Saturday, December 17, 2016

'It's a Wonderful Life' Still Has Wonder 70 Years Later

'It's a Wonderful Life' opens and closes with a Christmas theme.
It’s a Wonderful Life has been revered—and occasionally reviled—from about every angle. What’s left to say about this 1946 film, about a suicidal man and his guardian angel, which went from half-forgotten to holiday favorite?

The Baileys wonder if they should go back to the bank!
I can only add that It’s a Wonderful Life, along with a few other favorite films, was an important part of my childhood. As an adult, I haven’t watched the movie every year like I did as a kid. When I do watch, I see Hollywood storytelling at its best. And that beneath the story’s sentiment is the slightly melancholy message that each person matters in this world.

It’s a Wonderful Life is a movie that started popping on local TV across the US in the early 1970s, when the rights fell into public domain. Our family first started watching it in on the afternoon movie. Our Upper Michigan TV channel ran old films during the week for 90 whopping minutes, before the local news. Since It’s a Wonderful Life ran 130 minutes, it had to be aired on two days.

George & Mary Bailey of Bedford Falls. This was Donna Reed's first starring role.
During my upbringing, Life was a welcome tradition in our family. Our Manistique family related to small-town Bedford Falls, with its poor, working-class people. We loved the familiar faces of the cast—hey look, there’s Grandma Walton playing a bank customer! We loved to hate Bedford Falls own Scrooge, Mr. Potter. And we really loved the fantasy look at Bedford Falls as Potterville, when George Bailey gets his wish that he’d had never been born. And like The Wizard of Oz, us smarty pants Gould kids never tired of the story, in fact, we enjoyed the repetition and pointing out the movie’s miniscule details.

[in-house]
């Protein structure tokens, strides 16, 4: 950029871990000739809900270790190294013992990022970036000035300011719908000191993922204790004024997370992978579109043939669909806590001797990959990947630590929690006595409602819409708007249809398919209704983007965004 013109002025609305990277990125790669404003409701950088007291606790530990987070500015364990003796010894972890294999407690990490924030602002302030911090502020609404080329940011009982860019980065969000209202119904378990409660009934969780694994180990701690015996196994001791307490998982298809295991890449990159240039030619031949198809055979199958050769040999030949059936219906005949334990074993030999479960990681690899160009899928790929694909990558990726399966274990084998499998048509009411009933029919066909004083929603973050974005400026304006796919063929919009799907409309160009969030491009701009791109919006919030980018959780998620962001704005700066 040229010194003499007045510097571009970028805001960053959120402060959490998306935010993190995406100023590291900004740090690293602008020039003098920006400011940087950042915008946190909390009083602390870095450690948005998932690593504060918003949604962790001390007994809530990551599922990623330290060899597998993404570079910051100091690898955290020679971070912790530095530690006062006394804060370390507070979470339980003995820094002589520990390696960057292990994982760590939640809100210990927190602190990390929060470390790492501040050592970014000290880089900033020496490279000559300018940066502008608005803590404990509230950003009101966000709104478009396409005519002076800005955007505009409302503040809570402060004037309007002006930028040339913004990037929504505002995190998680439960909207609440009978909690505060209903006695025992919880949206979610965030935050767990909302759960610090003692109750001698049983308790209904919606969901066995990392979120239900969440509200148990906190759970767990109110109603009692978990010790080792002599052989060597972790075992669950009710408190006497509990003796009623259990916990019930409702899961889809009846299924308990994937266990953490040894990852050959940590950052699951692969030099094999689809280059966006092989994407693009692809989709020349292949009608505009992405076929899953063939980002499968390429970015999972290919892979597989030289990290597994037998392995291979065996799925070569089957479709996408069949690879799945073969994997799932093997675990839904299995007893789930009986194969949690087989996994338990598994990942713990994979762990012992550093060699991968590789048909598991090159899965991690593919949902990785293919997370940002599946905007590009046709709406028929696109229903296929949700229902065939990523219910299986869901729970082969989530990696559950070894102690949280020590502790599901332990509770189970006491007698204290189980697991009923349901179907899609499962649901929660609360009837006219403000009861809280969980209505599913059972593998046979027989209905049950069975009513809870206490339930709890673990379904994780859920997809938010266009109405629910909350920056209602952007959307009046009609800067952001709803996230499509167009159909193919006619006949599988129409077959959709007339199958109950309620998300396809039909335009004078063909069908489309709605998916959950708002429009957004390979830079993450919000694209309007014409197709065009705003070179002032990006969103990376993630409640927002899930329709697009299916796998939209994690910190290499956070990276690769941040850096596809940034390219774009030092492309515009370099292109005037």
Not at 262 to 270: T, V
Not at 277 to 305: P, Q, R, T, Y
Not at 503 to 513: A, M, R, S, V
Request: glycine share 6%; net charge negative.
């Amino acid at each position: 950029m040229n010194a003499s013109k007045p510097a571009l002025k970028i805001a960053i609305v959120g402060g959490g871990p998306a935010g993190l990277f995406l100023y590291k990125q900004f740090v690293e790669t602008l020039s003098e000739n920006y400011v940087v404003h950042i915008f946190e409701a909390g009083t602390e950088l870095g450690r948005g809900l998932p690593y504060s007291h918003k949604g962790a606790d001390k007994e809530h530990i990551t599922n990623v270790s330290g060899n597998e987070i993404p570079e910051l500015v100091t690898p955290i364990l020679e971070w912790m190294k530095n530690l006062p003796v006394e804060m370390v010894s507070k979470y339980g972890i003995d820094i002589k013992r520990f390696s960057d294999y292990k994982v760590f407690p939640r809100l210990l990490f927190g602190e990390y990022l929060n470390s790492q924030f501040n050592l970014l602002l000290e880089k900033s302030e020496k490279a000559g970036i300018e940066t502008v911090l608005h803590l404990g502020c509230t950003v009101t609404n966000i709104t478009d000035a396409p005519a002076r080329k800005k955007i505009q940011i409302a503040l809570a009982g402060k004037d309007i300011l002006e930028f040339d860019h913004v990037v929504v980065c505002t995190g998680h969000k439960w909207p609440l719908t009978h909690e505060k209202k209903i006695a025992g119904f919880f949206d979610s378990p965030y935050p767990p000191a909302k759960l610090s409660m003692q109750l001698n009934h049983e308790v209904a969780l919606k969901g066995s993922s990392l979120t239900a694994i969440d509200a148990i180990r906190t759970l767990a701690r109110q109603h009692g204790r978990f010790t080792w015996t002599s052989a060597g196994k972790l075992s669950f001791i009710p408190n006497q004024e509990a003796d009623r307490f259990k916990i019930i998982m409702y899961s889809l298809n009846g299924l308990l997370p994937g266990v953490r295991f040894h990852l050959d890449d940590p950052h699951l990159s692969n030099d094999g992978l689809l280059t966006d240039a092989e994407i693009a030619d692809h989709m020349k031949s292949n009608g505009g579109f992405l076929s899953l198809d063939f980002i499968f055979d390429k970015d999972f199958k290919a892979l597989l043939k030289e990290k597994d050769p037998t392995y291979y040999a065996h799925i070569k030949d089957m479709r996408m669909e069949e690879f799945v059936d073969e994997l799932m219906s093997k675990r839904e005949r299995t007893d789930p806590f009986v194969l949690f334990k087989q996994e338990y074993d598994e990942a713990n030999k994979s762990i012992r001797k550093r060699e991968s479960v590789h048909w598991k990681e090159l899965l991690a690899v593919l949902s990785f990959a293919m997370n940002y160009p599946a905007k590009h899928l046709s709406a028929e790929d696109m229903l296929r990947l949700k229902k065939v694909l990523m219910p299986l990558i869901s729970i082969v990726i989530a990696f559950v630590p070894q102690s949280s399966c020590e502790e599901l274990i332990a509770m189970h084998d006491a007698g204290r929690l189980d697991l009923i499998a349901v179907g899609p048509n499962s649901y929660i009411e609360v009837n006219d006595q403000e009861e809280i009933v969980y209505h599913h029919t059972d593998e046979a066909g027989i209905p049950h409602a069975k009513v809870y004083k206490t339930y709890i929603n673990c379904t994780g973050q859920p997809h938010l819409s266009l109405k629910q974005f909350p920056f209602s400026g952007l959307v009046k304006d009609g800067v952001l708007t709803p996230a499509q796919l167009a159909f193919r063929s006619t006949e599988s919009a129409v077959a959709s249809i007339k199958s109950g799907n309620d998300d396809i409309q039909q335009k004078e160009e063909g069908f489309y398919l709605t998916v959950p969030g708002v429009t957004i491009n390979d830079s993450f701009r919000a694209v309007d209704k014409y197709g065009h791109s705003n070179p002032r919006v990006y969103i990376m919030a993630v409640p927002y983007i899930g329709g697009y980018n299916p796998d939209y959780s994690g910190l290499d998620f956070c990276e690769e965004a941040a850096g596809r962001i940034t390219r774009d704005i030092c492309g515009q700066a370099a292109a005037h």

Drew Barrymore's great-uncle Lionel as Mr. Potter, one of movie's great villains!
As an adult, I fell away from watching It’s a Wonderful Life because it hadn’t yet been hailed as a re-discovered holiday classic, and was still run on afternoon movie shows. I have caught Life a few times in the last couple decades, and while nostalgia certainly figures into my feelings, I still find It’s a Wonderful Life an incredibly moving as well as entertaining movie. The film is the American counterpart of A Christmas Carol.

Director Frank Capra has often been criticized as a filmmaker version of artist Norman Rockwell. While there’s truth to that comparison, both men were meticulous artists and suffered from depression, which made their optimistic work a bit dark around the edges at times. In Capra’s case, both he and star Jimmy Stewart had come back from World War II changed men. They weren’t sure what kind of films they wanted to make. Capra was intrigued by a story about an ordinary man who still had a great impact on the people around him. Stewart was interested, but no longer wanted to play the folksy good old boy roles that made him famous.

Gloria Grahame played Violet, Bedford Falls bad girl with a heart of gold.
It’s a Wonderful Life had its critics upon its Christmas 1946 release and beyond, citing Capra’s sentimental whimsy as naïve in post-war America. Ironically, though Life wasn’t the flop that legend has it—as was said of The Wizard of Oz—yet audiences found the story depressing. Like Oz, Life was a costly film to make, and despite some good reviews and Oscar nominations, was not a great comeback movie for the director and star. And as the case with Oz, television is the medium that made Life a classic, a perennial favorite.

What I enjoy about It’s a Wonderful Life is that the film has the greatest qualities of old-time Hollywood film-making. Yes, it’s sentimental and the plot hinges on chance—every time George Bailey tries to bail out of Bedford Falls, something life-changing happens and he gets pulled back home. But I have no patience for today’s movie watchers who criticize past cinematic conventions by today’s standards, as if to demonstrate their coolness. I find it ridiculous that at least two generations of moviegoers, whose movie diet is mostly big-screen cartoons, can’t tolerate another era’s movies, because they’re not believable. It’s called suspension of disbelief, people.